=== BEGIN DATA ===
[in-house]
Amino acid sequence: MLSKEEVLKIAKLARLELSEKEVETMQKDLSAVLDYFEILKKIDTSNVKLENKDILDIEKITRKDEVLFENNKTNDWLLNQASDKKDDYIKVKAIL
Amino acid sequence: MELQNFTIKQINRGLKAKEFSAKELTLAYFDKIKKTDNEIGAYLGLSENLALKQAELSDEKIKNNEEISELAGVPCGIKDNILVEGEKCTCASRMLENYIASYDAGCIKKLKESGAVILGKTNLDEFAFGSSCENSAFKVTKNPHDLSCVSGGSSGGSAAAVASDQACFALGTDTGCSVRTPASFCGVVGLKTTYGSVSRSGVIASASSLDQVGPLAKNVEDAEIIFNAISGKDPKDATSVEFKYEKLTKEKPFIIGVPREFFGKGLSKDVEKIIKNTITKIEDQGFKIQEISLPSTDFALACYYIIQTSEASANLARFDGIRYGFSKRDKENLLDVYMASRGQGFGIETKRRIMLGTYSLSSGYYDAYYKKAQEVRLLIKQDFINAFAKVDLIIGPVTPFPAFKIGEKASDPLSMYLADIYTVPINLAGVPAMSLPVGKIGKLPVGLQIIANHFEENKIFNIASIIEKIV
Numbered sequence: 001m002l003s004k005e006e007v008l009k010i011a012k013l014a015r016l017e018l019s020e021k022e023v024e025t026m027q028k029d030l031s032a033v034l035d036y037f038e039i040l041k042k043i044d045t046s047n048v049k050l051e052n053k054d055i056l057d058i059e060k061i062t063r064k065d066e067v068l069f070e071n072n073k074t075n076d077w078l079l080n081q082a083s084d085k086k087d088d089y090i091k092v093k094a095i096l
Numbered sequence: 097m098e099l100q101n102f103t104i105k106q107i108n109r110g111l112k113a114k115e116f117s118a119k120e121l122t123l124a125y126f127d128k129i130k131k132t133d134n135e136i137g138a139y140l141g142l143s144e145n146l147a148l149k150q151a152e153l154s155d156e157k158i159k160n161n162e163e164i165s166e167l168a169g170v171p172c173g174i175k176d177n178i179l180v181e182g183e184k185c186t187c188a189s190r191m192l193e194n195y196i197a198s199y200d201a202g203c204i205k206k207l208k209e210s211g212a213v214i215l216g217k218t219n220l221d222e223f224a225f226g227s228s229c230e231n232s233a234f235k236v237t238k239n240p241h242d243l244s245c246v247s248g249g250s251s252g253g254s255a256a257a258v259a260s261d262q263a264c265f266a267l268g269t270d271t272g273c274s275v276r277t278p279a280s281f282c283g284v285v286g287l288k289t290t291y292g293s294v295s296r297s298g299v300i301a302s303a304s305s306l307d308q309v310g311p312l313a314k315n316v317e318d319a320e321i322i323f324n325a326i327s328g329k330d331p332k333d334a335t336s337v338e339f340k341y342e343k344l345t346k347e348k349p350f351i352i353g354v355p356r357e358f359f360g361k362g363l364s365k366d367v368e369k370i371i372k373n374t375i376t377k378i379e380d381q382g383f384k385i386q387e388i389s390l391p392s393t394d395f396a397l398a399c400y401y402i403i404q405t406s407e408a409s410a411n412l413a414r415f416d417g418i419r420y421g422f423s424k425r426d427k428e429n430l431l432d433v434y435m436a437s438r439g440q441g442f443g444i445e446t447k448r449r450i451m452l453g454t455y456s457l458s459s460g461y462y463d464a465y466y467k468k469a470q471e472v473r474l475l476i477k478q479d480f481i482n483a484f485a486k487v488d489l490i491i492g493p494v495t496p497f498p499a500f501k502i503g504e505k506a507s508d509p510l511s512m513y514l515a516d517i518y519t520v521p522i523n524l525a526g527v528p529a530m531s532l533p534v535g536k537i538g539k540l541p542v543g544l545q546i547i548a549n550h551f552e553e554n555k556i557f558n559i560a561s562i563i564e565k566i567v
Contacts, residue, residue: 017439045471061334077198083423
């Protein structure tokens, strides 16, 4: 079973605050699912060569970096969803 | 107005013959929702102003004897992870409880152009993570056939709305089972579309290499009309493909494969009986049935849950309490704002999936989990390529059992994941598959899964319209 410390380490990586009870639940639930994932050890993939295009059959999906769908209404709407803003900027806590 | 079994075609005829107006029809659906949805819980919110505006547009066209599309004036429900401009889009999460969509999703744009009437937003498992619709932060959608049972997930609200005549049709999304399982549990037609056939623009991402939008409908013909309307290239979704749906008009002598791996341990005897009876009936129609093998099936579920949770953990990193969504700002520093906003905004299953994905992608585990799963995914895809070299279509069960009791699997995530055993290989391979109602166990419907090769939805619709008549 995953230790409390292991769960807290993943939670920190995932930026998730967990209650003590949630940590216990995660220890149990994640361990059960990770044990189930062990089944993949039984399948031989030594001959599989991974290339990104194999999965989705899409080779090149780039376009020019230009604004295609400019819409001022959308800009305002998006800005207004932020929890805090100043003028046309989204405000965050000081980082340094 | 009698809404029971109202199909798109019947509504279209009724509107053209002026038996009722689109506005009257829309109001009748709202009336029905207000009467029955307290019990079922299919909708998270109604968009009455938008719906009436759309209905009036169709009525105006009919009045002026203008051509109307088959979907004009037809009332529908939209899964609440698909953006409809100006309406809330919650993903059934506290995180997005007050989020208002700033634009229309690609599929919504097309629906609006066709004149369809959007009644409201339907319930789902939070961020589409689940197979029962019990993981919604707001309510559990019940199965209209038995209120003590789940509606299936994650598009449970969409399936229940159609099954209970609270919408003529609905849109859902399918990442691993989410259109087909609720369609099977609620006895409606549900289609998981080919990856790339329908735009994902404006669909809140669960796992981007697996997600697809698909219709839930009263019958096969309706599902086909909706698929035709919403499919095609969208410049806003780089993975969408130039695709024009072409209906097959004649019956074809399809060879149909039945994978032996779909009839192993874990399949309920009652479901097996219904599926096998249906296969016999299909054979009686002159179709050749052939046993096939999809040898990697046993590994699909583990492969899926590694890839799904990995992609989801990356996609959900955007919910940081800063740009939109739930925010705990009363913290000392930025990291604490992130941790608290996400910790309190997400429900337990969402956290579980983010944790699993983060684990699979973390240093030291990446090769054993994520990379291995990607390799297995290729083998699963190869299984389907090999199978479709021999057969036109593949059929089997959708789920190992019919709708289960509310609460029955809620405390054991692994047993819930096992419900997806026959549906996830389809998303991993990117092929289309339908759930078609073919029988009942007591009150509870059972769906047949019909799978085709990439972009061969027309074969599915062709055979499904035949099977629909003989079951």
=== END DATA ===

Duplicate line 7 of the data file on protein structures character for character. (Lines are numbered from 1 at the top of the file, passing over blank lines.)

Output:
């Protein structure tokens, strides 16, 4: 079973605050699912060569970096969803 | 107005013959929702102003004897992870409880152009993570056939709305089972579309290499009309493909494969009986049935849950309490704002999936989990390529059992994941598959899964319209 410390380490990586009870639940639930994932050890993939295009059959999906769908209404709407803003900027806590 | 079994075609005829107006029809659906949805819980919110505006547009066209599309004036429900401009889009999460969509999703744009009437937003498992619709932060959608049972997930609200005549049709999304399982549990037609056939623009991402939008409908013909309307290239979704749906008009002598791996341990005897009876009936129609093998099936579920949770953990990193969504700002520093906003905004299953994905992608585990799963995914895809070299279509069960009791699997995530055993290989391979109602166990419907090769939805619709008549 995953230790409390292991769960807290993943939670920190995932930026998730967990209650003590949630940590216990995660220890149990994640361990059960990770044990189930062990089944993949039984399948031989030594001959599989991974290339990104194999999965989705899409080779090149780039376009020019230009604004295609400019819409001022959308800009305002998006800005207004932020929890805090100043003028046309989204405000965050000081980082340094 | 009698809404029971109202199909798109019947509504279209009724509107053209002026038996009722689109506005009257829309109001009748709202009336029905207000009467029955307290019990079922299919909708998270109604968009009455938008719906009436759309209905009036169709009525105006009919009045002026203008051509109307088959979907004009037809009332529908939209899964609440698909953006409809100006309406809330919650993903059934506290995180997005007050989020208002700033634009229309690609599929919504097309629906609006066709004149369809959007009644409201339907319930789902939070961020589409689940197979029962019990993981919604707001309510559990019940199965209209038995209120003590789940509606299936994650598009449970969409399936229940159609099954209970609270919408003529609905849109859902399918990442691993989410259109087909609720369609099977609620006895409606549900289609998981080919990856790339329908735009994902404006669909809140669960796992981007697996997600697809698909219709839930009263019958096969309706599902086909909706698929035709919403499919095609969208410049806003780089993975969408130039695709024009072409209906097959004649019956074809399809060879149909039945994978032996779909009839192993874990399949309920009652479901097996219904599926096998249906296969016999299909054979009686002159179709050749052939046993096939999809040898990697046993590994699909583990492969899926590694890839799904990995992609989801990356996609959900955007919910940081800063740009939109739930925010705990009363913290000392930025990291604490992130941790608290996400910790309190997400429900337990969402956290579980983010944790699993983060684990699979973390240093030291990446090769054993994520990379291995990607390799297995290729083998699963190869299984389907090999199978479709021999057969036109593949059929089997959708789920190992019919709708289960509310609460029955809620405390054991692994047993819930096992419900997806026959549906996830389809998303991993990117092929289309339908759930078609073919029988009942007591009150509870059972769906047949019909799978085709990439972009061969027309074969599915062709055979499904035949099977629909003989079951």